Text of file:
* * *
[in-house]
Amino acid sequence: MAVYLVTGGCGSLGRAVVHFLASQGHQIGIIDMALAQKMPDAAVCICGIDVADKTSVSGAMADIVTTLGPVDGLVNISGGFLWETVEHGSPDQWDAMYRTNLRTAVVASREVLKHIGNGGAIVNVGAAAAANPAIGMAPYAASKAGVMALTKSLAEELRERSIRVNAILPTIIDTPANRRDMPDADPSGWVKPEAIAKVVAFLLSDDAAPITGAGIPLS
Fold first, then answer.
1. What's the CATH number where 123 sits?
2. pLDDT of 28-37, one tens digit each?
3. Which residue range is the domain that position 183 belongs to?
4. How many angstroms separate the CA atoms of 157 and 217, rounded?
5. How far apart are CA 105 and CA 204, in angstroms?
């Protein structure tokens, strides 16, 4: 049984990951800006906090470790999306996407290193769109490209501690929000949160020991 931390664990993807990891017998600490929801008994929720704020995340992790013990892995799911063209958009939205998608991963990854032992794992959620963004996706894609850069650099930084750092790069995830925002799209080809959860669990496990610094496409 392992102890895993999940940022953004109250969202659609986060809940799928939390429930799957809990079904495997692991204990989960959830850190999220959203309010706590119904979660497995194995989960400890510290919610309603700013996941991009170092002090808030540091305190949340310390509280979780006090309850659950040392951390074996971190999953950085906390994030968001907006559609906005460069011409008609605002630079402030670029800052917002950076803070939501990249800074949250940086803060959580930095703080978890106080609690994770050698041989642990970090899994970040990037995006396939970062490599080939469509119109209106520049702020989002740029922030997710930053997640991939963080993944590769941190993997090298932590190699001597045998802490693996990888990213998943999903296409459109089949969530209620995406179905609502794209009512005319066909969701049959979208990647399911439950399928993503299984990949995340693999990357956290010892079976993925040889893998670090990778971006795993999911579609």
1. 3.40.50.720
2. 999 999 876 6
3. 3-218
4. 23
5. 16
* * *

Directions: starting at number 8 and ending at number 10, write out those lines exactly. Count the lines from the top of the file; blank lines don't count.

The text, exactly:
5. How far apart are CA 105 and CA 204, in angstroms?
């Protein structure tokens, strides 16, 4: 049984990951800006906090470790999306996407290193769109490209501690929000949160020991 931390664990993807990891017998600490929801008994929720704020995340992790013990892995799911063209958009939205998608991963990854032992794992959620963004996706894609850069650099930084750092790069995830925002799209080809959860669990496990610094496409 392992102890895993999940940022953004109250969202659609986060809940799928939390429930799957809990079904495997692991204990989960959830850190999220959203309010706590119904979660497995194995989960400890510290919610309603700013996941991009170092002090808030540091305190949340310390509280979780006090309850659950040392951390074996971190999953950085906390994030968001907006559609906005460069011409008609605002630079402030670029800052917002950076803070939501990249800074949250940086803060959580930095703080978890106080609690994770050698041989642990970090899994970040990037995006396939970062490599080939469509119109209106520049702020989002740029922030997710930053997640991939963080993944590769941190993997090298932590190699001597045998802490693996990888990213998943999903296409459109089949969530209620995406179905609502794209009512005319066909969701049959979208990647399911439950399928993503299984990949995340693999990357956290010892079976993925040889893998670090990778971006795993999911579609």
1. 3.40.50.720